Arr matey! ‘Tis potato season and time to seek buried treasure! Potatoes really are a kind of buried treasure. For one thing, the dried stalk you see above ground only gives you a clue as to the location of the potatoes underneath—not a precise location. The potatoes might be all to one side or another of that stalk, or they might be centered beneath it. I use a garden fork to dig potatoes to reduce the risk of making one unusable. I usually start digging about a foot or a foot and a half from the stalk and move inward.
Unlike many people, we mulch our potatoes instead of creating hills for them. I’ve discussed the benefits of mulching in the Mulching Your Garden post. Using a little heavier mulch makes it possible to plant the potatoes and then basically forget them for the entire growing season. To harvest the potatoes, you simply move the mulch away in the fall and dig the thin layer of dirt from around each of the potatoes. Using the mulching technique seems to produce larger potatoes (or at least, larger quantities of potatoes) with less work and no watering. However, potatoes don’t create set amounts of output. There is an uncertainty factor that gives the potato the feel of buried treasure. One plant may produce a few large potatoes and another copious amounts of smaller (salad) potatoes.
Potatoes and tomatoes are both part of the nightshade family. This family contains a number of highly toxic plants. In fact, some varieties of potato are so odd that you’d hardly recognize them and a few varieties are eaten with clay because they’re not digestible otherwise. The varieties sold in the US are rather bland when compared with the unique diversity found in the Andes (amongst other places). The largest potato we’ve ever had weighed an impressive 1½ pounds, which is far below the 25 pound monster dug in Lebanon in 2008.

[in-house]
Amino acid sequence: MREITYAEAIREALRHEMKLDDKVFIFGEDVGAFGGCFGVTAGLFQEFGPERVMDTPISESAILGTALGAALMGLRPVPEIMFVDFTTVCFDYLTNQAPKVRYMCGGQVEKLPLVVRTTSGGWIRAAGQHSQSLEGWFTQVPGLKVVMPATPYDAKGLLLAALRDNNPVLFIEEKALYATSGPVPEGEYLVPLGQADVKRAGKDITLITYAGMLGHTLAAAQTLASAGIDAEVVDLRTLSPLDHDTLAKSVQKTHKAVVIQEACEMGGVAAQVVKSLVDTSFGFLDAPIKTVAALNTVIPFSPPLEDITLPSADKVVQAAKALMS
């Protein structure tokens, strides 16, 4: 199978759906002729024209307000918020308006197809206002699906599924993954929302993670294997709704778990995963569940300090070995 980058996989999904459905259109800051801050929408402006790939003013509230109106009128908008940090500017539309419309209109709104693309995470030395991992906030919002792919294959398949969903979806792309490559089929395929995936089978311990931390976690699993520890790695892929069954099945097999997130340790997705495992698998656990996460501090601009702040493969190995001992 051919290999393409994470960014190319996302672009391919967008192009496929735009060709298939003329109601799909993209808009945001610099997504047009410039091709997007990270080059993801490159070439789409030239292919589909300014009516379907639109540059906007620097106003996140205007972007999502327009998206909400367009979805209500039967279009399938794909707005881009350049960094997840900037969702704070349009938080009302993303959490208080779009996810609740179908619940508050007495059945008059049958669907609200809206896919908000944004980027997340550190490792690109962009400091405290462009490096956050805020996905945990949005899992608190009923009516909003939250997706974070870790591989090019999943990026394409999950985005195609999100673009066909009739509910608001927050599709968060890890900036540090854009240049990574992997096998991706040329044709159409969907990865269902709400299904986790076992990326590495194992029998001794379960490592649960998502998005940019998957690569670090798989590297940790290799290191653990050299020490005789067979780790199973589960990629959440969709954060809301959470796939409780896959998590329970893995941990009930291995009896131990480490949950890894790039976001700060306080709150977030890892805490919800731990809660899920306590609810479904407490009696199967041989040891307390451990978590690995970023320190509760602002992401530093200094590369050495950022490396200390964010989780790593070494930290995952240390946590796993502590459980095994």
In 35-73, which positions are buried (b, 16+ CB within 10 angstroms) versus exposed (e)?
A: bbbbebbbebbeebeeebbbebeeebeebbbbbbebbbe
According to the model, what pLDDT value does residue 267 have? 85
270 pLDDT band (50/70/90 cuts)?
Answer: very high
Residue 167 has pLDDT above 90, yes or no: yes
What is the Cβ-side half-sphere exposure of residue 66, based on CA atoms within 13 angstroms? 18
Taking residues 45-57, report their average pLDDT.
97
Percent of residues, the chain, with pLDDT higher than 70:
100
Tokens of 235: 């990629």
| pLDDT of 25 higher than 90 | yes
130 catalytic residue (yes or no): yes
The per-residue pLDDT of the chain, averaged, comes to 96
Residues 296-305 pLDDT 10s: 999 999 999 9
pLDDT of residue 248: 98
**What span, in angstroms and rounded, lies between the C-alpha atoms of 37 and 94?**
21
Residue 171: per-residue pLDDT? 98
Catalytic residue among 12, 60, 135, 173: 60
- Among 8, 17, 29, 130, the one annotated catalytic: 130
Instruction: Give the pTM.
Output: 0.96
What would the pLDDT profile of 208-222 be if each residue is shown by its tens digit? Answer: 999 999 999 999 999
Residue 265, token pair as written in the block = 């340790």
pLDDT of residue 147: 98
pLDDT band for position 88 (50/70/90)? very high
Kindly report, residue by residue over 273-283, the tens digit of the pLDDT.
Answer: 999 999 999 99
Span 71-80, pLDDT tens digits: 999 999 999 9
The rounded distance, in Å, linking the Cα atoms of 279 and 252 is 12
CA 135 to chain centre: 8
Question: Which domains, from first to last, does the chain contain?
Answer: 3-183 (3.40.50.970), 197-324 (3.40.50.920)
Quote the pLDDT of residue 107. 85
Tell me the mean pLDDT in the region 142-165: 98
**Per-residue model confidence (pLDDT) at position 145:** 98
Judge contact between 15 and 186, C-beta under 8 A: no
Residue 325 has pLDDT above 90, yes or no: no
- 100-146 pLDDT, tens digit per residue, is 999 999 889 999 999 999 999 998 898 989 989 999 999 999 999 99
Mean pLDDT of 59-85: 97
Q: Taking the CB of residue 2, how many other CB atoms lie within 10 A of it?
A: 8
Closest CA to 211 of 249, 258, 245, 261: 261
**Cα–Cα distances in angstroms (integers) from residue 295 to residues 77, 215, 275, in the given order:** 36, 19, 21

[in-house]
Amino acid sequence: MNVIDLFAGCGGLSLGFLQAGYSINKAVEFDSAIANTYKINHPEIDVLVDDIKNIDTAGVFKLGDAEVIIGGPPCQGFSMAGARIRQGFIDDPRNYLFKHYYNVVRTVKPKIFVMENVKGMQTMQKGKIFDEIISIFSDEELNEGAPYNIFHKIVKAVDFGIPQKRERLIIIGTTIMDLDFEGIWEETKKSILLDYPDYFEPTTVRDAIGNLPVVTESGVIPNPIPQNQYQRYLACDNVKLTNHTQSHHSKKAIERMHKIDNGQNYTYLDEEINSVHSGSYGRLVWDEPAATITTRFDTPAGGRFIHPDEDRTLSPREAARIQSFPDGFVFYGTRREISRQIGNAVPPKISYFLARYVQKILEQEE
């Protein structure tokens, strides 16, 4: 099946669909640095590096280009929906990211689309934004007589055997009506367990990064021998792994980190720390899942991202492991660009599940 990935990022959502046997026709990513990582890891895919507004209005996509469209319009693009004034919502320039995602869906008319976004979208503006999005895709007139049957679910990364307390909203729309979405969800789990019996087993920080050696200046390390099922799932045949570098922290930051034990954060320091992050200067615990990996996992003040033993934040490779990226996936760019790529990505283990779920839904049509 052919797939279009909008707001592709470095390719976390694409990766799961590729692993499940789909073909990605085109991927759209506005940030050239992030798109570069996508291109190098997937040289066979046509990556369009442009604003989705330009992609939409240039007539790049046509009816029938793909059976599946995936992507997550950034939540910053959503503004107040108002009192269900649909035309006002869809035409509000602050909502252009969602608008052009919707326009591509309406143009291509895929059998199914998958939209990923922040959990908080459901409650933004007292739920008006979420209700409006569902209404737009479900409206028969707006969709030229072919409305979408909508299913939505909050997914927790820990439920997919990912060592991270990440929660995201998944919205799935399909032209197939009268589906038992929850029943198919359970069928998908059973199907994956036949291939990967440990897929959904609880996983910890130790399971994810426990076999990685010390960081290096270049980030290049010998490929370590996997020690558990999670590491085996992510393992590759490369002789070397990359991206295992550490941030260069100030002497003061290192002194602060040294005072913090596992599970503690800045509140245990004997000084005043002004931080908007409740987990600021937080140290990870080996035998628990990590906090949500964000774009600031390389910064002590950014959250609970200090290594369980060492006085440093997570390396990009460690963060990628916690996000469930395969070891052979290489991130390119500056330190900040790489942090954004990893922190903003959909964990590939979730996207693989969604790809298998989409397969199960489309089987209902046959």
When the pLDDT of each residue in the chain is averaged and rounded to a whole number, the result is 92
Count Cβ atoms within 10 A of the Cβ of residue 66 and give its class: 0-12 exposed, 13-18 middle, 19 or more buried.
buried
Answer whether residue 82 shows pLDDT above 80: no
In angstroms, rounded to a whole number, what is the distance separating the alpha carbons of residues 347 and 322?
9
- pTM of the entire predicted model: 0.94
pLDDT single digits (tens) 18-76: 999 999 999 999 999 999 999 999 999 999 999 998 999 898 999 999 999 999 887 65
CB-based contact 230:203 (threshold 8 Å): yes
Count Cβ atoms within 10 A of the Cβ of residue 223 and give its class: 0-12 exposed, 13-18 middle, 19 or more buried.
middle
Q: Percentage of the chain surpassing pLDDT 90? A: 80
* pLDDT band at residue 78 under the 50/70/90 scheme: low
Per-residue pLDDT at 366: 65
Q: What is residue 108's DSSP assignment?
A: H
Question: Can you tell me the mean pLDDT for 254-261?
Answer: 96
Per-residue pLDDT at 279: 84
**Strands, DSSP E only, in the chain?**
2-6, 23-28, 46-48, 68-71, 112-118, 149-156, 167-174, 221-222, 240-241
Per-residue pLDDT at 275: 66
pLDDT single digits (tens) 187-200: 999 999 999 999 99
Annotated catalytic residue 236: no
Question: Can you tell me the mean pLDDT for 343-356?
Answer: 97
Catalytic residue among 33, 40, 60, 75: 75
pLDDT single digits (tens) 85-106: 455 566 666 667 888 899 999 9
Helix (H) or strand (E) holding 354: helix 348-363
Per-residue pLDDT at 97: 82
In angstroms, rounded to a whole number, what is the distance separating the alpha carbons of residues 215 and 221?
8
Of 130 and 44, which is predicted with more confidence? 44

You can see the resemblance of potatoes and tomatoes in the leaves. In addition, potatoes will produce a tomato-like fruit. It really does look like a green cherry tomato, but the fruit is quite toxic and you should never eat it. The flowering spud looks pretty though and you should carefully look for the blossoms. They last, at most, two or three days. In other words, blink and you’ll miss the flowering completely.
Domestic potatoes are attacked in a number of ways. This year we lost a few to burrowing insects. The most devastating pests were millipedes who ate directly through the potato and left a rotting mess behind. Because of the drought this year, mice were a particular problem. They normally don’t bother the potatoes much, but this year they were looking for food and water—the potatoes provided both. Quackgrass was also a bit of a problem. We lost some potatoes when the quackgrass roots grew right through the tubers. Finally, some of the potatoes had scabs. The scab ruins the skin and makes it impossible to store the potato for any length of time (otherwise, the potato is perfectly edible as long as you cook it).
Our 20′ × 20′ patch produced two bushels of potatoes this year (about 120 pounds). That’s down from the 3½ bushels we received four years ago in the same patch (we rotate our potatoes between three areas). Between the effects of the drought, the extreme heat this summer, and abundance of pathogens, I think we still did quite well. We managed to get a few really nice sized potatoes with a maximum size of 1 pound this year. Buried treasure indeed!
Do you grow potatoes? If so, how did your potatoes do this year? Do you ever encounter any special problems with them? Let me know at John@JohnMuellerBooks.com.